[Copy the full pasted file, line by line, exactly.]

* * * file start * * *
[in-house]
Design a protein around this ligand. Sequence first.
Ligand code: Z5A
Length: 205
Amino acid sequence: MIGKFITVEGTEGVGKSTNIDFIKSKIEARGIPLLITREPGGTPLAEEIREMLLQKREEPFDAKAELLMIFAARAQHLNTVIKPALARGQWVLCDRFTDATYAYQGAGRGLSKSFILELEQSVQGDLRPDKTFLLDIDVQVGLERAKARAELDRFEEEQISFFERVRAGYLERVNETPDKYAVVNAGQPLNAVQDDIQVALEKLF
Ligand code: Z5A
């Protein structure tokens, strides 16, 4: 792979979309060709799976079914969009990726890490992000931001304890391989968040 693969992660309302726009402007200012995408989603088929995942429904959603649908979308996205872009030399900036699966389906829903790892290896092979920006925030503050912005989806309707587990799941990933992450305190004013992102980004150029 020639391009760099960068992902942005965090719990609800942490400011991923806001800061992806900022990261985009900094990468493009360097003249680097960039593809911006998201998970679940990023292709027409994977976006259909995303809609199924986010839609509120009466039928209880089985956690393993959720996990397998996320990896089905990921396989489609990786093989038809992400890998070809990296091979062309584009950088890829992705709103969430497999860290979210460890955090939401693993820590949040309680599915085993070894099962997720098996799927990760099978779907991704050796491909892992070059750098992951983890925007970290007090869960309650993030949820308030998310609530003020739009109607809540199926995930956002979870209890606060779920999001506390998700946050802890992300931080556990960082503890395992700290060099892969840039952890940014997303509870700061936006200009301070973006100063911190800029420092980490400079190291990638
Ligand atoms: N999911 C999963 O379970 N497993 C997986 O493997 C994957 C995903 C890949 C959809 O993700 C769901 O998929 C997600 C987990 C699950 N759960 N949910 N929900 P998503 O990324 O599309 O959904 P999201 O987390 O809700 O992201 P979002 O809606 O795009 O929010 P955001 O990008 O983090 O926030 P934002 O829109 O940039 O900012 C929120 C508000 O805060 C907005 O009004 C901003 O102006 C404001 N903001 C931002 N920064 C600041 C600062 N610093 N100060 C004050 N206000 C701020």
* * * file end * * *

[in-house]
Design a protein around this ligand. Sequence first.
Ligand code: Z5A
Length: 205
Amino acid sequence: MIGKFITVEGTEGVGKSTNIDFIKSKIEARGIPLLITREPGGTPLAEEIREMLLQKREEPFDAKAELLMIFAARAQHLNTVIKPALARGQWVLCDRFTDATYAYQGAGRGLSKSFILELEQSVQGDLRPDKTFLLDIDVQVGLERAKARAELDRFEEEQISFFERVRAGYLERVNETPDKYAVVNAGQPLNAVQDDIQVALEKLF
Ligand code: Z5A
């Protein structure tokens, strides 16, 4: 792979979309060709799976079914969009990726890490992000931001304890391989968040 693969992660309302726009402007200012995408989603088929995942429904959603649908979308996205872009030399900036699966389906829903790892290896092979920006925030503050912005989806309707587990799941990933992450305190004013992102980004150029 020639391009760099960068992902942005965090719990609800942490400011991923806001800061992806900022990261985009900094990468493009360097003249680097960039593809911006998201998970679940990023292709027409994977976006259909995303809609199924986010839609509120009466039928209880089985956690393993959720996990397998996320990896089905990921396989489609990786093989038809992400890998070809990296091979062309584009950088890829992705709103969430497999860290979210460890955090939401693993820590949040309680599915085993070894099962997720098996799927990760099978779907991704050796491909892992070059750098992951983890925007970290007090869960309650993030949820308030998310609530003020739009109607809540199926995930956002979870209890606060779920999001506390998700946050802890992300931080556990960082503890395992700290060099892969840039952890940014997303509870700061936006200009301070973006100063911190800029420092980490400079190291990638
Ligand atoms: N999911 C999963 O379970 N497993 C997986 O493997 C994957 C995903 C890949 C959809 O993700 C769901 O998929 C997600 C987990 C699950 N759960 N949910 N929900 P998503 O990324 O599309 O959904 P999201 O987390 O809700 O992201 P979002 O809606 O795009 O929010 P955001 O990008 O983090 O926030 P934002 O829109 O940039 O900012 C929120 C508000 O805060 C907005 O009004 C901003 O102006 C404001 N903001 C931002 N920064 C600041 C600062 N610093 N100060 C004050 N206000 C701020």